************ Sermon on Luke 22:19 ************
By: Rev. Adrian Dieleman
This sermon was preached on September 12, 2004
"In Remembrance of Me"
"Do this in remembrance of me." These words are written across the front of our communion table. I think this is true for every church I have served as pastor – inscribed into the communion table are the words, "Do this in remembrance of me."
We know these words are important. Luke records them on the lips of Jesus in our Bible reading for this evening. And, they are also to be found in Paul's account of the institution of the Lord's Supper in 1 Corinthians 11:
(1Cor 11:23-25) For I received from the Lord what I also passed on to you: The Lord Jesus, on the night he was betrayed, took bread, (24) and when he had given thanks, he broke it and said, "This is my body, which is for you; do this in remembrance of me." (25) In the same way, after supper he took the cup, saying, "This cup is the new covenant in my blood; do this, whenever you drink it, in remembrance of me."
"Do this in remembrance of me." What do these words mean? What is the Lord saying to us this evening as we come to the table of Christ?
I A Commanded Remembrance
A "Do this in remembrance of me." Take note that this is a command. And, I consider it amazing that Jesus commands us to remember Him. Why do I say that? It is amazing that Jesus commands us to "remember" Him as if it were even possible for us to forget Him and His cross. How can we possibly forget Him Who died for us and rose for us? How can we possibly forget Him Who redeemed us and saved us? How can we possibly forget Him who changed us and planted new life in us? You would think the moon would sooner forget the sun then we would forget the Lord Jesus Christ.
Yet, we do forget. We so easily forget the centrality of Jesus to our faith. We so easily forget that the message of the cross and the grave lies at the center of our faith. We so easily forget that Christ in our only hope and our only comfort in life and in death. We so easily forget that Christ is the only way to the Father's throne. We so easily think other things are more important. We so easily become distracted from first things. We let issues and work and family problems and things push Jesus and the Gospel aside. It is so easy for our hearts to wander away from Jesus because our hearts are prone to wander.
And, of course, Satan loves to distract us. Again and again he tries to turn our attention away from Christ. He wants us to water down the Gospel and its command to repent and believe. He wants us to deny that Christ is the only way to eternal life. He wants us to concentrate on other things.
"Do this in remembrance of me." Our Lord Jesus has given us a way to always remember Him. He has made provision so we do not forget the cross. He has given us what we celebrate this evening – the Lord's Supper.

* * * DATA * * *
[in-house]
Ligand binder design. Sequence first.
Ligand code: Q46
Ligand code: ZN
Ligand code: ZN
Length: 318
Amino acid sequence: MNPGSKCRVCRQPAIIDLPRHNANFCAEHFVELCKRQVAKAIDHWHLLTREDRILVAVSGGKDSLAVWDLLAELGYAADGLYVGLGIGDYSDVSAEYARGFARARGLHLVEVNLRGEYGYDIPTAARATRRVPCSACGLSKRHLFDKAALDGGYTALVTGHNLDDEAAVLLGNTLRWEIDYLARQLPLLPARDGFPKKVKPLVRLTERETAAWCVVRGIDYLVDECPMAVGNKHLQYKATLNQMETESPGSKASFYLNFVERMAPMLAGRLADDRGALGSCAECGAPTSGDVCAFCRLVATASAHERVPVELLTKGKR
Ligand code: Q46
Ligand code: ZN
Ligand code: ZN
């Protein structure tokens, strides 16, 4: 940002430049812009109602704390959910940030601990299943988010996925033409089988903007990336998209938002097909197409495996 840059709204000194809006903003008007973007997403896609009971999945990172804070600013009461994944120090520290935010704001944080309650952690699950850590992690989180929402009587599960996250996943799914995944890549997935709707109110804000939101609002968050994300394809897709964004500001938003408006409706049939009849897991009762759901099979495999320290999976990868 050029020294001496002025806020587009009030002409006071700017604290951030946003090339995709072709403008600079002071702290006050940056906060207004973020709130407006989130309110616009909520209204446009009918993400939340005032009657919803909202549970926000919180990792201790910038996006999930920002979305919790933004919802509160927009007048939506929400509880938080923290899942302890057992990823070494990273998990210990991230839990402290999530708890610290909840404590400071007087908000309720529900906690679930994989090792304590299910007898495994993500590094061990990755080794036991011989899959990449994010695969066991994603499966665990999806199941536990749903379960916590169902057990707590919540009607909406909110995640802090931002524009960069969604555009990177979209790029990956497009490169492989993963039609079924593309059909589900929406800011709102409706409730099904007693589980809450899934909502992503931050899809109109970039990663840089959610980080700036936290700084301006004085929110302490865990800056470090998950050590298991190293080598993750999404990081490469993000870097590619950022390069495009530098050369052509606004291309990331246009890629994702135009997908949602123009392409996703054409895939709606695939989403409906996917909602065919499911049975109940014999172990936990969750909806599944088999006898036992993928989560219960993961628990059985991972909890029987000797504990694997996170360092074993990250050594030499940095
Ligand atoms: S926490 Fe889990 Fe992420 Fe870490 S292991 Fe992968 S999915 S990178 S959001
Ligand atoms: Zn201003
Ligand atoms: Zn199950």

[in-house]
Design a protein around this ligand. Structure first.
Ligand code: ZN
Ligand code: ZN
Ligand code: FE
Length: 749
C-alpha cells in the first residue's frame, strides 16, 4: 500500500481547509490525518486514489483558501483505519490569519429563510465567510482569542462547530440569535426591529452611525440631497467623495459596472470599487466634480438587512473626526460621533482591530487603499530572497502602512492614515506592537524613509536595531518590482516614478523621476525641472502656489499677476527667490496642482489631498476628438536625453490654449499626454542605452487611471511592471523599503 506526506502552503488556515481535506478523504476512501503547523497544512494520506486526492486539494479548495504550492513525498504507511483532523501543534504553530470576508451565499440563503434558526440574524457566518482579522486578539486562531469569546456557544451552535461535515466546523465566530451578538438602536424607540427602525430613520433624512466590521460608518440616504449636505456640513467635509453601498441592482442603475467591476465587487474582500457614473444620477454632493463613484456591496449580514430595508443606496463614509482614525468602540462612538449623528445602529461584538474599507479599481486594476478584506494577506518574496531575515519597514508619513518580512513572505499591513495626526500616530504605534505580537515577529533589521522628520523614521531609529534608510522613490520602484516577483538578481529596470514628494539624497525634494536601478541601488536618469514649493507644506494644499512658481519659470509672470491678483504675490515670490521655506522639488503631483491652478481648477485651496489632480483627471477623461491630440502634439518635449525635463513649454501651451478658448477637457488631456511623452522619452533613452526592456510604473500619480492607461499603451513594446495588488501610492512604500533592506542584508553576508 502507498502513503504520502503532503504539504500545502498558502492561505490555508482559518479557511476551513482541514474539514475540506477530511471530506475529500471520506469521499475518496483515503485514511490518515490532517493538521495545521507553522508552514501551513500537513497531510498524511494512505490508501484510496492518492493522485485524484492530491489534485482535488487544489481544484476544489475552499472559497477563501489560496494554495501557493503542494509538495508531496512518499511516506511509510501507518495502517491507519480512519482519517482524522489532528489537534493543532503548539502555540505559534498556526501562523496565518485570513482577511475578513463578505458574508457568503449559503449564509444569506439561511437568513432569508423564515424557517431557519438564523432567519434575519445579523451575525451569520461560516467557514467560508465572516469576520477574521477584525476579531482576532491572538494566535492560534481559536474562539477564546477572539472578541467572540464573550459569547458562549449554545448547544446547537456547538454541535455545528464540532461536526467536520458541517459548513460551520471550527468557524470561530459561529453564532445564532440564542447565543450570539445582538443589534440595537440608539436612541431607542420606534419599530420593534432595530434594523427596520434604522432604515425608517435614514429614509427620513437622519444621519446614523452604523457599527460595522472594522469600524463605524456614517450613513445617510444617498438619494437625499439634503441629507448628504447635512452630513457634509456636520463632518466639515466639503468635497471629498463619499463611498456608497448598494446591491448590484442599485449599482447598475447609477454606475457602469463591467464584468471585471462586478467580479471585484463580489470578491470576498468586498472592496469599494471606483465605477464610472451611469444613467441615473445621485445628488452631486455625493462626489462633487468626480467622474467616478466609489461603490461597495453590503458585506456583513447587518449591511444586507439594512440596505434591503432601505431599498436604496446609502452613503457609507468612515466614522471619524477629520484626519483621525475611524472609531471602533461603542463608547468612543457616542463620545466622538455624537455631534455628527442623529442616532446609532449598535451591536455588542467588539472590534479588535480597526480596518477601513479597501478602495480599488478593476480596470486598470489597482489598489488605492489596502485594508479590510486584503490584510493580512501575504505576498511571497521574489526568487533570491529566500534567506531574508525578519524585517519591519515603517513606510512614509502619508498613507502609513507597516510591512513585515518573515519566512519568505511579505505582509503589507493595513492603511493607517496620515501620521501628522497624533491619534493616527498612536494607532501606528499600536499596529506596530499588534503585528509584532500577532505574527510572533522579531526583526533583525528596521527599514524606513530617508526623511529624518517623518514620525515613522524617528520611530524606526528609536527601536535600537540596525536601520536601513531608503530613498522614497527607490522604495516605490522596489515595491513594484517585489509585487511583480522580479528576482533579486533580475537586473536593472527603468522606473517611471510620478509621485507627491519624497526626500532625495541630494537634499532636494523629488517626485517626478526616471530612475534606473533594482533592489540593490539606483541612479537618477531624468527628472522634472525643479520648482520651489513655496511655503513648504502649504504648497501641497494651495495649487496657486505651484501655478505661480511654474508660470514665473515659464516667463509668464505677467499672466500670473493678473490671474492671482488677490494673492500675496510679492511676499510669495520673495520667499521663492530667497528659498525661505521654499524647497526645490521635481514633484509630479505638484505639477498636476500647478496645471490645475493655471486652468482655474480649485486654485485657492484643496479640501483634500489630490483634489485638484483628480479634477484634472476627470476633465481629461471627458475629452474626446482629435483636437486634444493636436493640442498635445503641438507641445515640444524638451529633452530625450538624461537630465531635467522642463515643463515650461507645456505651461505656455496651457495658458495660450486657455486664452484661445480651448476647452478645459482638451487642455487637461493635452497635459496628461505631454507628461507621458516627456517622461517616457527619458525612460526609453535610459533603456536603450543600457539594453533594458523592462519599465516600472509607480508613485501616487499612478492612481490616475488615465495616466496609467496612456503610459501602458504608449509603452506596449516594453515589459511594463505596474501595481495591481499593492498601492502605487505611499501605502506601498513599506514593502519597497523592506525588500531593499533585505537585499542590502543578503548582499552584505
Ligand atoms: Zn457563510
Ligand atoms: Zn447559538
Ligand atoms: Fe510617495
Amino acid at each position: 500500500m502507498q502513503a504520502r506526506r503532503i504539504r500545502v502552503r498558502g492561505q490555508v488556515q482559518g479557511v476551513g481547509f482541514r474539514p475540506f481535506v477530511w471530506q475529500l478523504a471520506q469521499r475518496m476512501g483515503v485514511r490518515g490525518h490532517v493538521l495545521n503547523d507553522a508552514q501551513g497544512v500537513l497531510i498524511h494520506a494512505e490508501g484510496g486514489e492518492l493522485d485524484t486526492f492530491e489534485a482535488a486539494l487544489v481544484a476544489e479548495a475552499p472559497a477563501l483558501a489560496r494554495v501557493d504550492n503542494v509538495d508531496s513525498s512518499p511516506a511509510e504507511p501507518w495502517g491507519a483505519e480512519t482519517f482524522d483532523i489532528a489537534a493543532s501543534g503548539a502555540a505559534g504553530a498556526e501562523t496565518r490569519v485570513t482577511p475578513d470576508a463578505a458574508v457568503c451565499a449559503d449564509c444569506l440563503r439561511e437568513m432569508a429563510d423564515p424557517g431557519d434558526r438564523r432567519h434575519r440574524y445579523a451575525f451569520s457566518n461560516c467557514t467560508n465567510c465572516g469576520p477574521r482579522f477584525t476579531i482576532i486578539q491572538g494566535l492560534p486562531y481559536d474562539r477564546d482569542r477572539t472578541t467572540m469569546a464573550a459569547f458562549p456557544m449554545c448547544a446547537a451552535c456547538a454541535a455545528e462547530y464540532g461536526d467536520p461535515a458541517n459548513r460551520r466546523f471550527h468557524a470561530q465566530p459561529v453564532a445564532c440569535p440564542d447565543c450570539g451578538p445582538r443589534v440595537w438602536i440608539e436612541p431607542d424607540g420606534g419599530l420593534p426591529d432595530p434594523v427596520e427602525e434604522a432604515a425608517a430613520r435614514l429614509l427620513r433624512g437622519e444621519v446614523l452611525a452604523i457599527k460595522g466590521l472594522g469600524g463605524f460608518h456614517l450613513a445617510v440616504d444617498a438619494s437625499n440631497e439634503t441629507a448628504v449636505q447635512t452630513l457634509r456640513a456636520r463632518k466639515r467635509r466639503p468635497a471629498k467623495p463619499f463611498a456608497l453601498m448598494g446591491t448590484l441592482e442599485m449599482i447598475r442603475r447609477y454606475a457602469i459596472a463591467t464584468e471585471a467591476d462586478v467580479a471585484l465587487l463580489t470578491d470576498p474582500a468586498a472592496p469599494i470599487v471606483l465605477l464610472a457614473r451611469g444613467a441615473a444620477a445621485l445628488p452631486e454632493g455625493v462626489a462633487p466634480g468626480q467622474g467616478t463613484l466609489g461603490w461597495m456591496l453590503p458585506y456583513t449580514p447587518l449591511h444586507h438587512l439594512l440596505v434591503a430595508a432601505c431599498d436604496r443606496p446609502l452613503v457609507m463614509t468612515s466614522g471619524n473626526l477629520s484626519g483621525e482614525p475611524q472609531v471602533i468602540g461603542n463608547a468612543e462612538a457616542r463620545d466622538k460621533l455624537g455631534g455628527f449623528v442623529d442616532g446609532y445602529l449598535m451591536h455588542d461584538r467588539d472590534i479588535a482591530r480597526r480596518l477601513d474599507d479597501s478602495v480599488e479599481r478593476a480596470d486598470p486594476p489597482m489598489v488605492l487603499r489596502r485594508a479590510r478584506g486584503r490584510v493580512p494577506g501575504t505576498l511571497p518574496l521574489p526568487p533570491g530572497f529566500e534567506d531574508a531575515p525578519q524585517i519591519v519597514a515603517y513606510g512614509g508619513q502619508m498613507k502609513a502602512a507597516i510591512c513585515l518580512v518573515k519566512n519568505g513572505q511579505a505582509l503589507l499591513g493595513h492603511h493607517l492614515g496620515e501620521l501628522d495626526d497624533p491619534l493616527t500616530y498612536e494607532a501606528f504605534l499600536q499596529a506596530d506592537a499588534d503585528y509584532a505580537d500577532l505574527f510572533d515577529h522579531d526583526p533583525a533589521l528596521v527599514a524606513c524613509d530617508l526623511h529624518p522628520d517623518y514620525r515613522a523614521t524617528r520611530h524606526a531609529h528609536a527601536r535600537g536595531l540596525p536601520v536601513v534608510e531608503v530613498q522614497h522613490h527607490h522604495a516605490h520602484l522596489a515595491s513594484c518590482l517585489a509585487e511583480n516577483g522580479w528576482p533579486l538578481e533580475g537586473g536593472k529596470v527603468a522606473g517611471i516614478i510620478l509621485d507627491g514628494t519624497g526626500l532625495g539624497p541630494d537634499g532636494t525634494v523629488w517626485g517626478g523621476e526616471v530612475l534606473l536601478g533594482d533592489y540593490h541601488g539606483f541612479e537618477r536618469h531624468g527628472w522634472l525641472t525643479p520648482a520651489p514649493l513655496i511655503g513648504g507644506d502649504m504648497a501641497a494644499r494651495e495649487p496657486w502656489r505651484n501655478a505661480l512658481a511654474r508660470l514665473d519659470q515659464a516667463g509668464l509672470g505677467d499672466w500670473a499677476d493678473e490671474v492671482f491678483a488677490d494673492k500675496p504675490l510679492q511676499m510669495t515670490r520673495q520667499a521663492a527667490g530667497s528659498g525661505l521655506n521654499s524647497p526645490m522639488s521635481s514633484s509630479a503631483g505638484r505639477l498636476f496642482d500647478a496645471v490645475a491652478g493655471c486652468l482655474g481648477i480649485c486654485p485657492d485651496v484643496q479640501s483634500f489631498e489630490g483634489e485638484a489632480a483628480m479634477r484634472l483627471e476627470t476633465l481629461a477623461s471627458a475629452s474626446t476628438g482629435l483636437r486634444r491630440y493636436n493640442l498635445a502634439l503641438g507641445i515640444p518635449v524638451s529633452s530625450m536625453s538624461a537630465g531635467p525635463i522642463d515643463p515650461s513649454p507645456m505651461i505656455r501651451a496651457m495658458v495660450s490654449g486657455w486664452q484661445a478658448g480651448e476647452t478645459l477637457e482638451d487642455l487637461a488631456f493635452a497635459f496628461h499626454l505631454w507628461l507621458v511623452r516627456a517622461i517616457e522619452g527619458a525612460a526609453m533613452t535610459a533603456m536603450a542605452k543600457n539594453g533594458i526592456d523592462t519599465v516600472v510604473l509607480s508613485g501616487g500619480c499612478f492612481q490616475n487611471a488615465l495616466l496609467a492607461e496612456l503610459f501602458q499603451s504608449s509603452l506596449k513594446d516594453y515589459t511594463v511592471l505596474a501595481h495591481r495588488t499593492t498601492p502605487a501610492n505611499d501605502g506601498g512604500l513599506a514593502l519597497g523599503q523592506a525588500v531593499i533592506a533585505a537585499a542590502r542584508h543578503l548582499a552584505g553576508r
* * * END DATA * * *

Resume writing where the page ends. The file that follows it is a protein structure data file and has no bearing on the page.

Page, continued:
So, this evening, we come. We come to do what Jesus commanded. We come to remember. We come to not forget.
B "Do this in remembrance of me." The Lord commands us to remember Him in the Lord's Supper. There was a time when Lord's Supper Sunday was the most important Sunday of the month or quarter. Today, many take the attitude that they can skip it or miss it. That it is not necessary to show up. That their souls and their spiritual life can get along perfectly well without this memorial meal. So they put off professing their faith. Or, they skip church that Sunday. Or, they go out of town for the weekend.
That is not the approach Jesus takes. He gives a command – not a suggestion. He gives an order – not a wish list. He sends out an invitation without enclosing an RSVP card because He expects everyone to attend. "Do this in remembrance of me." He wants us to come together for the Lord's Supper. So how dare we think or act like the Lord's Supper is not important!
C "Do this in remembrance of me." When we look through the New Testament we see that the early church took Jesus' words literally and seriously. Consider this passage:
(Acts 2:42) They [that is, the early believers] devoted themselves to the apostles' teaching and to the fellowship, to the breaking of bread and to prayer.Did you catch that? The early believers devoted themselves "to the breaking of bread." The book of Acts is not just talking about a fellowship luncheon here. It is talking about the broken bread of the Lord's Supper.
A little bit further in the same passage in the book of Acts we read that,
(Acts 2:46) Every day they continued to meet together in the temple courts. They broke bread in their homes and ate together with glad and sincere hearts ...This seems to suggest that the breaking of bread in the Lord's Supper was a daily occurrence.
In Acts 20 it seems that the celebration of the Lord's Supper was a weekly part of Paul's ministry:
(Acts 20:7) On the first day of the week we came together to break bread.
Finally, consider the words of our text: "Do this in remembrance of me." The Greek expresses continuing action – "do this and do this and keep doing this." Not a one time act. Not an occasional act. But something that must be done often.
Notice, too, how Paul introduces the subject in 1 Corinthians 11. He says,